Side effects is our term for semi-predictable consequences. The specific combination of items and components based on what they do and what they're made of determines what side effects a device acquires. For example (remember these are just for illustration purposes and may not represent actual, final side effects):

  • You add a biological grip to a mundane sword (perhaps a severed hand that grasps your wrist when you use the weapon, giving you +1 on attack rolls). You also add the disruption device from the earlier example. But the disruption device has a side effect with biological material, causing 1 damage to the user whenever you activate the disruption device. The result is a sword that gives you +1 to attack rolls all the time, but when you also activate the device, it does +10 damage to the target and 1 damage to you. The damage to you is a side effect caused by the combination of two components.
  • You wear a Suspensor Belt which negates gravity enough to give you a +1 Speed Edge. You try cobbling the bounder crystal (from the earlier example) to the belt, so that when someone strikes you, they will be teleported a certain distance away. The belt tweaks gravity, and the crystal uses teleportation. One side effect is that when these two effect types are combined, it increases the potency of the teleportation effect. Now when someone strikes you, they are teleported twice as far away as they would be normally.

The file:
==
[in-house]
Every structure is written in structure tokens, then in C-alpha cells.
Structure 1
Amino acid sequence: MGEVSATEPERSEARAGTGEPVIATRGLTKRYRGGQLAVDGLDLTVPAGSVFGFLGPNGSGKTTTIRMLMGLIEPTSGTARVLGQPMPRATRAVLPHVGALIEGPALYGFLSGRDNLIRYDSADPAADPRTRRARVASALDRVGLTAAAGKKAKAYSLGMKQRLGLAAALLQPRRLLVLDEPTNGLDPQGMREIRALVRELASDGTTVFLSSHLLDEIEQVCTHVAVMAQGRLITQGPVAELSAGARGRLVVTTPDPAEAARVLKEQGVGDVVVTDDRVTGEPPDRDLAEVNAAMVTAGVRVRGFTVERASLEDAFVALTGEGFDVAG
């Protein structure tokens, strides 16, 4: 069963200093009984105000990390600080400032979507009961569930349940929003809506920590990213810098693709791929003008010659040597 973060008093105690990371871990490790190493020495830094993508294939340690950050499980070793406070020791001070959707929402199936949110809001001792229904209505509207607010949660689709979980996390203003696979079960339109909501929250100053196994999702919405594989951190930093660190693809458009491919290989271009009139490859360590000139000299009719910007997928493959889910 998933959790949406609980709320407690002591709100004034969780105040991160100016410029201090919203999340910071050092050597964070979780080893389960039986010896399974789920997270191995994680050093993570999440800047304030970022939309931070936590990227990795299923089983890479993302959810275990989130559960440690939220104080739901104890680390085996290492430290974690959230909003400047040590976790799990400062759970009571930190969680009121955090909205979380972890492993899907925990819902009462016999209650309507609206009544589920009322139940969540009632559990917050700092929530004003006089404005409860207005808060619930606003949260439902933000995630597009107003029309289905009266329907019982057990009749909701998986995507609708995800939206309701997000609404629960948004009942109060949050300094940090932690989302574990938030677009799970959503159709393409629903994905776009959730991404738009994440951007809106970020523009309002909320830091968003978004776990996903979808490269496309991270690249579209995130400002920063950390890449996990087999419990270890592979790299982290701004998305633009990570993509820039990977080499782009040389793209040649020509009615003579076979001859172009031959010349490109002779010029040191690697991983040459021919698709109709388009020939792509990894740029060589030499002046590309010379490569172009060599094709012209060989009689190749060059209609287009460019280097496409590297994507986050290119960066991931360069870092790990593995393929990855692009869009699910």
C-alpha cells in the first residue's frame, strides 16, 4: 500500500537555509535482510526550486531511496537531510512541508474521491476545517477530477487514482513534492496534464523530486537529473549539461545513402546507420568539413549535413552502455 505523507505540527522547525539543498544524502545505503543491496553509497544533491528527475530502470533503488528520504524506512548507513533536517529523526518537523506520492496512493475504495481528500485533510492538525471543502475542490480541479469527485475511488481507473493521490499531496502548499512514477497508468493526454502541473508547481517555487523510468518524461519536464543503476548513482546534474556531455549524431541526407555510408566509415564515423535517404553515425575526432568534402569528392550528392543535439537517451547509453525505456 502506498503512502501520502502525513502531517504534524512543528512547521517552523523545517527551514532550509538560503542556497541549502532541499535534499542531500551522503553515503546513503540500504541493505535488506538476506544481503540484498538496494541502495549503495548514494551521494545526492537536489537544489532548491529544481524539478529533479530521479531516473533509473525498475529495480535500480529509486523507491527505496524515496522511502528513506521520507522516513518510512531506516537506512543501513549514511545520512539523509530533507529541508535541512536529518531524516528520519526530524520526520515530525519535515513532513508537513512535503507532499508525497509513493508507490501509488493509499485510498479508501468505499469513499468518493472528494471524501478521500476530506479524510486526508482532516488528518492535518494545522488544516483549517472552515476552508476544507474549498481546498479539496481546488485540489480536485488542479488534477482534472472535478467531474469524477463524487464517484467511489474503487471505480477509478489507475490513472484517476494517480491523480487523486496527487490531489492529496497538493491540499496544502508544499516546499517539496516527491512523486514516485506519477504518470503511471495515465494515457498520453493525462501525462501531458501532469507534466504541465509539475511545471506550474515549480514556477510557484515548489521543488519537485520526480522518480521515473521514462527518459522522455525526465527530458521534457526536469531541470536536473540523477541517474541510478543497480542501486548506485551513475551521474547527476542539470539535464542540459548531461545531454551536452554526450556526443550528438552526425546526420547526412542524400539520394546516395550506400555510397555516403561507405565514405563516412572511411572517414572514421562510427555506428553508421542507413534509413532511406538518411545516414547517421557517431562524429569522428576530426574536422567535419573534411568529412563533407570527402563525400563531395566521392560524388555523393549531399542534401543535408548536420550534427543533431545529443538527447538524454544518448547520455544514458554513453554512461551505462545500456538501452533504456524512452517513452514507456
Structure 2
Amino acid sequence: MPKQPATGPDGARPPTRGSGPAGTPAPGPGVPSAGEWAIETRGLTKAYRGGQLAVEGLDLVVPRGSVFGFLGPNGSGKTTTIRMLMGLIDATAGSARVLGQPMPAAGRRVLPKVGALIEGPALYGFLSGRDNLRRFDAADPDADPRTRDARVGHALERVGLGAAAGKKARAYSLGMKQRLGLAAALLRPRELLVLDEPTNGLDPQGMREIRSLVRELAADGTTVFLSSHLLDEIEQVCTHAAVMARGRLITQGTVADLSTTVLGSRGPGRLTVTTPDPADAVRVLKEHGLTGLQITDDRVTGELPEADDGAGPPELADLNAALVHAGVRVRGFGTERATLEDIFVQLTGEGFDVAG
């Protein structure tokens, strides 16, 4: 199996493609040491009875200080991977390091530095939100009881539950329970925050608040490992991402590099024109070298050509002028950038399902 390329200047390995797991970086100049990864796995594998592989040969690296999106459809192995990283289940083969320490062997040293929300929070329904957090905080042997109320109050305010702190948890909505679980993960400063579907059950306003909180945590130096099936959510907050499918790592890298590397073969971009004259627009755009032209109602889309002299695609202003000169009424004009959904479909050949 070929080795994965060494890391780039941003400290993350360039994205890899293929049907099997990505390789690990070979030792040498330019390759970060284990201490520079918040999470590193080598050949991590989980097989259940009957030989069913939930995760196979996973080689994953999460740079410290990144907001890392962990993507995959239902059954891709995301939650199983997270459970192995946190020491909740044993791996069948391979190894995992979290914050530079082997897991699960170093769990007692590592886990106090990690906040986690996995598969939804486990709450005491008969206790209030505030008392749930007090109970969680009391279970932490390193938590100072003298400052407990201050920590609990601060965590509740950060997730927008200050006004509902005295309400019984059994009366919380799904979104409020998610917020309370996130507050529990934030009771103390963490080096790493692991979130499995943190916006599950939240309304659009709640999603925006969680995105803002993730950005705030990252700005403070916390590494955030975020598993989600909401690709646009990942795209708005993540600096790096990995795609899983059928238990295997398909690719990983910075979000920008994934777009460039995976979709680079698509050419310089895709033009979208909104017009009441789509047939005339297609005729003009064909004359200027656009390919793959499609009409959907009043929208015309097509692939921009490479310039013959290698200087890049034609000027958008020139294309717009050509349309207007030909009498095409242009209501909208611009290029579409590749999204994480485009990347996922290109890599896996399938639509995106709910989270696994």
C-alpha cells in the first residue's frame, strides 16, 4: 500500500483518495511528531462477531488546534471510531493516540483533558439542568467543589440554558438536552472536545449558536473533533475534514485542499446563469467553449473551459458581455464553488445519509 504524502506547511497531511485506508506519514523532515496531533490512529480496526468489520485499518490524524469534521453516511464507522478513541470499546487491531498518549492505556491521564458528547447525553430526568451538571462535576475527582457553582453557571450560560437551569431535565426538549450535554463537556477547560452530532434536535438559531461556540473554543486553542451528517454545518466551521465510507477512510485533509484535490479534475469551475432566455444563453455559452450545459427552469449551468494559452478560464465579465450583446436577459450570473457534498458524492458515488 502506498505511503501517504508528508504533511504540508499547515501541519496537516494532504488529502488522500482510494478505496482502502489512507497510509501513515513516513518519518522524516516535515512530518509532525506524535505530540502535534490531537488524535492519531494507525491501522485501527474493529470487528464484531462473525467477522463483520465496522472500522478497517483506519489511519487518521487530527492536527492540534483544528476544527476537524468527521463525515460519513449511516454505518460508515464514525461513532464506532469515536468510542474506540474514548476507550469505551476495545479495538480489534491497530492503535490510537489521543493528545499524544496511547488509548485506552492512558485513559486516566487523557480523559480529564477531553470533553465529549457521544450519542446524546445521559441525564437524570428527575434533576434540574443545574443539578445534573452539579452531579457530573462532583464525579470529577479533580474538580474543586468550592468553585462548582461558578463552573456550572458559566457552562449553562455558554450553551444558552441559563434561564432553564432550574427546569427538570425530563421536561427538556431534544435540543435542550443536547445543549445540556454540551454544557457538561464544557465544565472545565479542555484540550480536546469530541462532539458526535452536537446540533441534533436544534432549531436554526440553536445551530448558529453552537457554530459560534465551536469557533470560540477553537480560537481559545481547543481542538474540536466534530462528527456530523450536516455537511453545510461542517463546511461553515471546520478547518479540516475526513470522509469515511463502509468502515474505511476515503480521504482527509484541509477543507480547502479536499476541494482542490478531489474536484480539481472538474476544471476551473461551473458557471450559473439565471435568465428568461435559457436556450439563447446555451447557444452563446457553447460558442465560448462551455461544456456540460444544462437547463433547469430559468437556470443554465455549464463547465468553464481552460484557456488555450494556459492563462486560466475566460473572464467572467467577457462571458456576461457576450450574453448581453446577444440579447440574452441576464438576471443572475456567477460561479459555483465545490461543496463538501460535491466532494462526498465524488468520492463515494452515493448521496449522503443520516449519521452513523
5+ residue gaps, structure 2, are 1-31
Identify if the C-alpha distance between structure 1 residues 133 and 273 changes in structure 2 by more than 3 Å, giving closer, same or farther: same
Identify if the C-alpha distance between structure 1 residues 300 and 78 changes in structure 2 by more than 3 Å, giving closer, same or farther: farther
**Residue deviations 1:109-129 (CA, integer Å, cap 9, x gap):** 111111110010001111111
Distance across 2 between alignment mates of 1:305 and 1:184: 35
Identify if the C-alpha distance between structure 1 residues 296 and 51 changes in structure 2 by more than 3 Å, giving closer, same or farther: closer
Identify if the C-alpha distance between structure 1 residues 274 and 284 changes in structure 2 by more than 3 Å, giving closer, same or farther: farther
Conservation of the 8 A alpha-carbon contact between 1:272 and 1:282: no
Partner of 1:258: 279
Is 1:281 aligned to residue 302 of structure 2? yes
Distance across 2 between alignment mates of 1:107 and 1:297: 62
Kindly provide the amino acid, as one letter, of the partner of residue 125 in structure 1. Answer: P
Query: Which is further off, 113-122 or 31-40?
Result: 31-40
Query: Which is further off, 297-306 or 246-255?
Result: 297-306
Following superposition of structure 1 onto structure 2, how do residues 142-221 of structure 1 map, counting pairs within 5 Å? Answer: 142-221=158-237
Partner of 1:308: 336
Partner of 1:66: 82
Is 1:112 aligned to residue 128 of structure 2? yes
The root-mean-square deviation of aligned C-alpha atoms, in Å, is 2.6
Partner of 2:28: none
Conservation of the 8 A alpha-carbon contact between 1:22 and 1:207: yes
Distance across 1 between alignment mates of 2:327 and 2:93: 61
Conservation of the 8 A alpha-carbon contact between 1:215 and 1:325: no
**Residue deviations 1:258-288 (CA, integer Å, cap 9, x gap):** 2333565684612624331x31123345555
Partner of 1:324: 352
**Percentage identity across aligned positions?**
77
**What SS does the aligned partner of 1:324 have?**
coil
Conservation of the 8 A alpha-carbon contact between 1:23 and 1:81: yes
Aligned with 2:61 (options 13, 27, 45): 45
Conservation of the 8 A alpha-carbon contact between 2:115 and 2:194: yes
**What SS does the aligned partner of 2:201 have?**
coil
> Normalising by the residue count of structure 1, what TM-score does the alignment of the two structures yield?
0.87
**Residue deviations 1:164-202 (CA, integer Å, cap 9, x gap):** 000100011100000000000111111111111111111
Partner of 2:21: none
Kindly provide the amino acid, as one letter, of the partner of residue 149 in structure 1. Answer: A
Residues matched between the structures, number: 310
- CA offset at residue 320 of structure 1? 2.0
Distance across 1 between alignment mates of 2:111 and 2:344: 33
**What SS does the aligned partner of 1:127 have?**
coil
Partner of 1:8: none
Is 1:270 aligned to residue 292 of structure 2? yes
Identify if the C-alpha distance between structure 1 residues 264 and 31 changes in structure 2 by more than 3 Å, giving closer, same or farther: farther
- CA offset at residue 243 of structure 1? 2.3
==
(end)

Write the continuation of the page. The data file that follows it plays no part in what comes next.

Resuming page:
• You have an artifact that summons imp-like creatures when activated. You attach it to your azure steel body armor to see what it will do. It does nothing special, but you leave it cobbled together (because disassembling items has a risk of failure, because you can still use the device, and because it actually saves space in your inventory since the artifact is now part of your armor). But the transdimensional nature of the artifact has a side effect when combined with the otherworldly azure steel material, and now whenever you summon the imps to attack your enemies, additional insect-like creatures are summoned that attack everyone in sight (friend, foe, or imp).

Through lore skills or trial and error, you can eventually determine beneficial combinations, or at least combinations that work for your character build and/or the particular device you've put together.

Quirks, on the other hand, are random, unpredictable, and sometimes detrimental. A quirk might cause the device to make a loud noise everytime it's used; or cause the device to graft onto the user's body, so the character can't unequip it until it has been disassembled (also making disassembly more difficult); or it might occasionally knock down all characters within a set range, whether friend or foe; or strange fish appear in the air and swim around you, harmless, but killed by area effects.